UNITED STATES DISTRICT COURT EASTERN DISTRICT OF CALIFORNIA
February 9, 2012
M. MIX, ET AL.,
The opinion of the court was delivered by: Barbara A. McAuliffe United States Magistrate Judge
ORDER DISMISSING COMPLAINT, WITH LEAVE TO AMEND, FOR FAILURE TO STATE A CLAIM (ECF No. 1)
I. Screening Requirement
Plaintiff Guillermo Garcia ("Plaintiff") is a state prisoner proceeding pro se in this civil rights action pursuant to 42 U.S.C. § 1983. Defendant McCue removed this action from Tuolumne County Superior Court on November 9, 2010. On November 10, 2010, Defendants Mix and Saylor joined in the removal.*fn1 Plaintiff's motion to remand was denied on October 4, 2011.
The Court is required to screen complaints brought by prisoners seeking relief against a governmental entity or officer or employee of a governmental entity. 28 U.S.C. § 1915A(a). The Court must dismiss a complaint or portion thereof if the prisoner has raised claims that are legally "frivolous or malicious," that "fails to state a claim on which relief may be granted," or that "seeks monetary relief against a defendant who is immune from such relief." 28 U.S.C. § 1915(e)(2)(B).
In determining whether a complaint states a claim, the Court looks to the pleading standard under Federal Rule of Civil Procedure 8(a). Under Rule 8(a), a complaint must contain "a short and plain statement of the claim showing that the pleader is entitled to relief." Fed. R. Civ. P. 8(a)(2). "[T]he pleading standard Rule 8 announces does not require 'detailed factual allegations,' but it demands more than an unadorned, the-defendant-unlawfully-harmed-me accusation." Ashcroft v. Iqbal, 556 U.S. 662, 129 S. Ct. 1937, 1949 (2009) (citing Bell Atlantic Corp. v. Twombly, 550 U.S. 544, 555, 127 S. Ct. 1955 (2007)).
II. Complaint Allegations
Plaintiff is in the custody of the California Department of Corrections and Rehabilitation and is currently housed at the Correctional Training Facility in Soledad. Plaintiff alleges that, while he was confined at Sierra Conservation Center, Defendant Mix conducted a cell search and took Plaintiff's property without giving him a receipt, and the property was "taken lost, stolen, damaged or destroyed." Plaintiff states he was threatened by Defendant Mix.
Plaintiff claims that Defendant Paugh conspired with Defendant Mix to take possession of Plaintiff's personal property and that the search was for the purpose of retaliation and was cruel and unusual punishment in violation of the Eighth Amendment to punish and harass Plaintiff. Defendant Mendoza, as the tower officer, conspired with Defendants Mix and Paugh, and opened the cell door to allow them to enter Plaintiff's cell when they were not assigned to his building.
Plaintiff states that he was deprived of his right to access the courts by Defendant McCue when he requested a court call to make a telephonic appearance in Los Angeles Superior Court on August 22, 2008. Defendant McCue did not respond to Plaintiff's request so he was unable to appear for his telephonic conference and case No. BC-356199 was dismissed. Plaintiff alleges that Defendants Saylor and Pate conspired with Defendant McCue to prevent him from appearing at the telephonic conference in violation of the First and Fourteenth Amendments. Plaintiff is seeking compensatory and punitive damages.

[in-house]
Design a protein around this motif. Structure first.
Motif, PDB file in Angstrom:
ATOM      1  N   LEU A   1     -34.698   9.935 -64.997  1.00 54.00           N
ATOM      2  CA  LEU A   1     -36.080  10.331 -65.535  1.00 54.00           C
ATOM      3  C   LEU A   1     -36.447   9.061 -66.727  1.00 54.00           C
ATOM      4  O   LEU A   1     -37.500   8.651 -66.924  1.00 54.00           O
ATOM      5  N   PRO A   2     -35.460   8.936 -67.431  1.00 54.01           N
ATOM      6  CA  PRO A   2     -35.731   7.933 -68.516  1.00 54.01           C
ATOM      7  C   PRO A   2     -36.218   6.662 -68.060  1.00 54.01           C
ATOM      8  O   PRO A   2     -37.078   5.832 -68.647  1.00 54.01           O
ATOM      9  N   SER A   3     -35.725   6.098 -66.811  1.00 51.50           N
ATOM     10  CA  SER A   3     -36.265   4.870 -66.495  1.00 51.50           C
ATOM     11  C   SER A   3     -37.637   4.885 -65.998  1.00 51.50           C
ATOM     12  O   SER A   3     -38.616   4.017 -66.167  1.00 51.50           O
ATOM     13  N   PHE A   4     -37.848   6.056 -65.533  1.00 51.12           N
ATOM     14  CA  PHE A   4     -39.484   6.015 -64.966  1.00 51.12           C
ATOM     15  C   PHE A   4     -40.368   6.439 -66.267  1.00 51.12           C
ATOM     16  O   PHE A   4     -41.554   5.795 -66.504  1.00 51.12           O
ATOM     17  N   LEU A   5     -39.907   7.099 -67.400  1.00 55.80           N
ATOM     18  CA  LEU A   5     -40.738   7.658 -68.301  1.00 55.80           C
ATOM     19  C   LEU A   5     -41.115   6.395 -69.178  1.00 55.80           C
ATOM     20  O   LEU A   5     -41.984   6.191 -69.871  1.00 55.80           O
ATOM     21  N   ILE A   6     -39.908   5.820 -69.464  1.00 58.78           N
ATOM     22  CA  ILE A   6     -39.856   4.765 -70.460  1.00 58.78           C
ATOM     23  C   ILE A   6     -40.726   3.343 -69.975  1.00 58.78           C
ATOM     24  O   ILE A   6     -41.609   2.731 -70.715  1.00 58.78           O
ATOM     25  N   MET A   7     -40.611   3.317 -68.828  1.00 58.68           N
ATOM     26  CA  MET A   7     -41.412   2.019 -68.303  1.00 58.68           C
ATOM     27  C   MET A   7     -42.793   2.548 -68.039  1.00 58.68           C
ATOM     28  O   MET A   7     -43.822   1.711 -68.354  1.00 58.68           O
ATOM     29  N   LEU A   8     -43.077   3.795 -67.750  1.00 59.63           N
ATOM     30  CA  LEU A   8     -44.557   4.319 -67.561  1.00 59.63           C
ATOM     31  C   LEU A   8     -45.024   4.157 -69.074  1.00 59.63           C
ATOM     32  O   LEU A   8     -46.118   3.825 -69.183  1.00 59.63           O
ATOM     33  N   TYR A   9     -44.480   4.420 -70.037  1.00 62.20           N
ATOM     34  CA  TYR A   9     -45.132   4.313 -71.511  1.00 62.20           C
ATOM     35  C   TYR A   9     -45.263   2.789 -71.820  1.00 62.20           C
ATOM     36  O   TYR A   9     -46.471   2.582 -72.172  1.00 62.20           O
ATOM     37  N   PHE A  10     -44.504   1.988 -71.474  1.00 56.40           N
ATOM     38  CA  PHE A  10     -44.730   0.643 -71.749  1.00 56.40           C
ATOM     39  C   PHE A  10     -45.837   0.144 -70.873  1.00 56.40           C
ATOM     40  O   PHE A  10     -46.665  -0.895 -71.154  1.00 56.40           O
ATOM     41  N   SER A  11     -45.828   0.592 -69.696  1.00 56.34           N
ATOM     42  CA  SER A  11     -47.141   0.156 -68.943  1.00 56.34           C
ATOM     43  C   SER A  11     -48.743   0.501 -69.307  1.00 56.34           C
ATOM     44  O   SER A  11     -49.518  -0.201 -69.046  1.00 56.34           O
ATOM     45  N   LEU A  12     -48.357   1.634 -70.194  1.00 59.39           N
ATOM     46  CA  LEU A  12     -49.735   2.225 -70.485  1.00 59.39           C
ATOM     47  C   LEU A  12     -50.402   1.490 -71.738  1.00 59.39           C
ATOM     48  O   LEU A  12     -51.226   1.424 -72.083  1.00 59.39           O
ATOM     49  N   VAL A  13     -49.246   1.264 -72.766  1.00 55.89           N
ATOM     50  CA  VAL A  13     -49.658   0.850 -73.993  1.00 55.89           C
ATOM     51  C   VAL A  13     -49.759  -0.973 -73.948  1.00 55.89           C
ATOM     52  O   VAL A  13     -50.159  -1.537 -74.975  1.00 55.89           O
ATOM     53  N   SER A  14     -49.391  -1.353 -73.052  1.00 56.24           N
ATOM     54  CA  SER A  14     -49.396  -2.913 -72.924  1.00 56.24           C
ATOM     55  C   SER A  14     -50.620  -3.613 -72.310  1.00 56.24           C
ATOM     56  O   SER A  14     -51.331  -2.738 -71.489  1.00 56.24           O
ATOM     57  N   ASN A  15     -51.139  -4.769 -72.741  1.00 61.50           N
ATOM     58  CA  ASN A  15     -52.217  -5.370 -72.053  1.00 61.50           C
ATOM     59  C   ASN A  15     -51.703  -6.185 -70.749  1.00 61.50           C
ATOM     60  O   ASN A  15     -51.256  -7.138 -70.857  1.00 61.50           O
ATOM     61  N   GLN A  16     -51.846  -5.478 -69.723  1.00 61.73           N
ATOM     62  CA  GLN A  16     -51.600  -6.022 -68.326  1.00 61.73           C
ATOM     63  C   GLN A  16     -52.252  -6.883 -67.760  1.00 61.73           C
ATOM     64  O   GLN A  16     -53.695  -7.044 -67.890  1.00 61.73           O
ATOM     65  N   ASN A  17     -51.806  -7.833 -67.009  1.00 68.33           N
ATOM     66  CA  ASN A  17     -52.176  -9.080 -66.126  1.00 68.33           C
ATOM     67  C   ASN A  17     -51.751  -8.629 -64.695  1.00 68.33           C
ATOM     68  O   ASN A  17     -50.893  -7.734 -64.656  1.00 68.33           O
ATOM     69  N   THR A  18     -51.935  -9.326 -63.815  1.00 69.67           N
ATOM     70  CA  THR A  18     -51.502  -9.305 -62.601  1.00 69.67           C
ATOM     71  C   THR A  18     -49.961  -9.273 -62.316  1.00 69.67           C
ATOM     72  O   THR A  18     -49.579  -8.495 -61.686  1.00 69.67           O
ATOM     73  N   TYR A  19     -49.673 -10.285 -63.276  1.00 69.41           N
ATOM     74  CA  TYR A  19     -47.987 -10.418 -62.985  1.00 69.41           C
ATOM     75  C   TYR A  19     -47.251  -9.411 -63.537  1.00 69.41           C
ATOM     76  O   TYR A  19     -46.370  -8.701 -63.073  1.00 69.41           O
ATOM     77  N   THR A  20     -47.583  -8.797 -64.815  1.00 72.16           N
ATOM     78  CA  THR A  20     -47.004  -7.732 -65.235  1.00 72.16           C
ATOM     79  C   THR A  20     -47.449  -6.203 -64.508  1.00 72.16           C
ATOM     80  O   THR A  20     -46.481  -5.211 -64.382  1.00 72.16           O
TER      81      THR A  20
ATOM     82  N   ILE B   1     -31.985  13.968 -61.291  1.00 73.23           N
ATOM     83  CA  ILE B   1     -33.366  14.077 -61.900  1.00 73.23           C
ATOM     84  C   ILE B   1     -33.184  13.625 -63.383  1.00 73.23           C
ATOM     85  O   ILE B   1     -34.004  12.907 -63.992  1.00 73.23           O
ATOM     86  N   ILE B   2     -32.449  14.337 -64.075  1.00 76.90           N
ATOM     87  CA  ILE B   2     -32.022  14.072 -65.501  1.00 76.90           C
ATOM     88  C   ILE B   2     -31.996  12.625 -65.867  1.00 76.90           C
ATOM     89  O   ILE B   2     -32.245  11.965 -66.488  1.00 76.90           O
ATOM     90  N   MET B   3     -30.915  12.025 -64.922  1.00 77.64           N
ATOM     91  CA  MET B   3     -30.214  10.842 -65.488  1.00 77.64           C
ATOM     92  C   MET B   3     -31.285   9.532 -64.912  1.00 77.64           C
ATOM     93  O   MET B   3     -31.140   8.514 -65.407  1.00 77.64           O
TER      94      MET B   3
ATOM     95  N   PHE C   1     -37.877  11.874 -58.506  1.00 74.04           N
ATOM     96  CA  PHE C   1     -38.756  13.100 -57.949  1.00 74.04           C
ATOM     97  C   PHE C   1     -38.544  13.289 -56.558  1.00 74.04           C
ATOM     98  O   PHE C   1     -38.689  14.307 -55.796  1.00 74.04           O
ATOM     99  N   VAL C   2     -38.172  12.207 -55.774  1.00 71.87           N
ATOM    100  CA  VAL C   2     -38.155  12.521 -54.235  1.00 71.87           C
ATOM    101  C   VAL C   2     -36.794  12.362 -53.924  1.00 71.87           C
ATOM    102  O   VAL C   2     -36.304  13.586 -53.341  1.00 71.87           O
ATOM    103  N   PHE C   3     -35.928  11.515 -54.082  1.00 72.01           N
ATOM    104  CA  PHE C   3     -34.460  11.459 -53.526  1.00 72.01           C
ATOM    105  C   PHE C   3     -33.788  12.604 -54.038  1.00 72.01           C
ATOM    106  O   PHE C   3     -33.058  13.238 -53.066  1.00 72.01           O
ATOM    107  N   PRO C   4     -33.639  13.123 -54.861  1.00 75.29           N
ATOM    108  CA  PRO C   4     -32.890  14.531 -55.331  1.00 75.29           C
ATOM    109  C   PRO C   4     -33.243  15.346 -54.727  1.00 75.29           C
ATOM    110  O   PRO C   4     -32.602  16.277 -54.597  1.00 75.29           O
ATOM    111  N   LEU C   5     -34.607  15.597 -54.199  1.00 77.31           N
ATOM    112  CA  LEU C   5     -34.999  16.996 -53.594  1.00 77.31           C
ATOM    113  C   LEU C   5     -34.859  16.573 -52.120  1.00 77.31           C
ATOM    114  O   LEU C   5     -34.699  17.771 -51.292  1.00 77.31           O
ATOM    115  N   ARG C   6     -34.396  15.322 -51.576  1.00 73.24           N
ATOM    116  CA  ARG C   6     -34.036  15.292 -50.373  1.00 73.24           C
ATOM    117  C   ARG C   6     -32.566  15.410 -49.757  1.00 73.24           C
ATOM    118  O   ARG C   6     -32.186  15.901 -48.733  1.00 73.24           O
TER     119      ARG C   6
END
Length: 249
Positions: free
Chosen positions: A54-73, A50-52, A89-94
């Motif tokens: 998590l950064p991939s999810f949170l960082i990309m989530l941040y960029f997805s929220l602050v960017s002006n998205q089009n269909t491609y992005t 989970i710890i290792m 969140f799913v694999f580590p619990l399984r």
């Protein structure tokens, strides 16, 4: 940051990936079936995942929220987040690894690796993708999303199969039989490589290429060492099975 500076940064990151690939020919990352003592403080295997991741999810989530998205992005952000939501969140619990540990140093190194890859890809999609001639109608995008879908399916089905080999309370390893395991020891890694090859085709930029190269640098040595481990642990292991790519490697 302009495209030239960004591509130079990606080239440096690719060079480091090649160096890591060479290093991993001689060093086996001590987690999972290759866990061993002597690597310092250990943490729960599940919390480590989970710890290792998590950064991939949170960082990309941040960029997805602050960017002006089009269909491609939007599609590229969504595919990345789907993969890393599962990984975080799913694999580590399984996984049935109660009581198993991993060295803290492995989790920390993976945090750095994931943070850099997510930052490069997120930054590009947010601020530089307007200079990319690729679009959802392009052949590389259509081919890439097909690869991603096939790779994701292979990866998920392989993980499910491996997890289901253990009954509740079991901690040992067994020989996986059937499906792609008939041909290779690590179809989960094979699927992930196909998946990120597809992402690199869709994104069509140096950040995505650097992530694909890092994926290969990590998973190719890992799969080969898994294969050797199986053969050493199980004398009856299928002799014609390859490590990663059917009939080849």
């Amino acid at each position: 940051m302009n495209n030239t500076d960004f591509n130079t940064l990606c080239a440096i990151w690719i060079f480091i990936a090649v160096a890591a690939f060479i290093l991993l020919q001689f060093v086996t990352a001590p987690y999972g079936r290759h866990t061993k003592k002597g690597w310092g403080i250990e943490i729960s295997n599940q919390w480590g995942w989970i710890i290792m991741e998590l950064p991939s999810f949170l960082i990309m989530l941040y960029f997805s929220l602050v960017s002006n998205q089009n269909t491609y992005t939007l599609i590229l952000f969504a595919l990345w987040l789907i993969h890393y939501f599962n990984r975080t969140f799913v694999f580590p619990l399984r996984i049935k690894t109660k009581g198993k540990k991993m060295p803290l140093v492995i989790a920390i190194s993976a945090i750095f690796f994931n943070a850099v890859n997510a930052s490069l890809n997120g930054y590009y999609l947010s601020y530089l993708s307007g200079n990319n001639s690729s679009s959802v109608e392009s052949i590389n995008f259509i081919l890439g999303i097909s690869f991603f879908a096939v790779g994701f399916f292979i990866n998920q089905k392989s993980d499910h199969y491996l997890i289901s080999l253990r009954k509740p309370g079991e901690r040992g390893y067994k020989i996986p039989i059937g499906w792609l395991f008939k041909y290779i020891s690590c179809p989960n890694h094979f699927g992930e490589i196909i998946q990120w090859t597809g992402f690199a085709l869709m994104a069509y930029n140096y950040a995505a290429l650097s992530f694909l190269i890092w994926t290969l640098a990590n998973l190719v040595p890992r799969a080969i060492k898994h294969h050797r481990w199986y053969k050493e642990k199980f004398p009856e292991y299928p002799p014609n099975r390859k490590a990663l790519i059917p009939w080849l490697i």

For the reasons set forth below Plaintiff has failed to state a cognizable claim for relief. Plaintiff shall be given the opportunity to file an amended complaint curing the deficiencies described by the Court in this order. In the paragraphs that follow, the Court will provide Plaintiff with the legal standards that appear to apply to his claims. Plaintiff should carefully review the standards and amend only those claims that he believes, in good faith, are cognizable.
A plaintiff may state a claim for a violation of his First Amendment rights due to retaliation under section 1983. Pratt v. Rowland, 65 F.3d 802, 806 (9th Cir. 1995). A viable claim of retaliation in violation of the First Amendment consists of five elements: "(1) An assertion that a state actor took some adverse action against an inmate (2) because of (3) that prisoner's protected conduct, and that such action (4) chilled the inmate's exercise of his First Amendment rights, and (5) the action did not reasonable advance a legitimate correctional goal." Rhodes v. Robinson, 408 F.3d 559, 567 (9th Cir. 2005); accord Brodheim v. Cry, 584 F.3d 1262, 1269 (9th Cir. 2009). Although Plaintiff alleges that Defendant Mix searched his cell and his property was taken as a retaliatory act, Plaintiff's complaint is devoid of any allegation that the cell search was because he had engaged in protected conduct. While Plaintiff alleges that Defendants Paugh and Mendoza conspired with Plaintiff in the cell search, Plaintiff has not alleged any specific facts linking their participation to an improper motive. The bare fact that they participated or assisted in the cell search is insufficient to support a plausible claim for relief. Iqbal, 129 S. Ct. at 1949-50; Moss, 572 F.3d at 969. Accordingly, Plaintiff has failed to state a cognizable claim for retaliation.
B. Access to the Court
Inmates have a fundamental constitutional right of access to the courts. Lewis v. Casey, 518 U.S. 343, 346 (1996); Hebbe v. Pliler, 611 F.3d 1202, 1206 (9th Cir. 2010). The right is merely the right to bring to court a grievance the inmate wishes to present, and is limited to direct criminal appeals, habeas petitions, and civil rights actions. Lewis, 518 U.S. at 354. To bring a claim, the plaintiff must have suffered an actual injury by being shut out of court. Christopher v. Harbury, 536 U.S. 403, 415 (2002); Lewis, 518 U.S. at 351.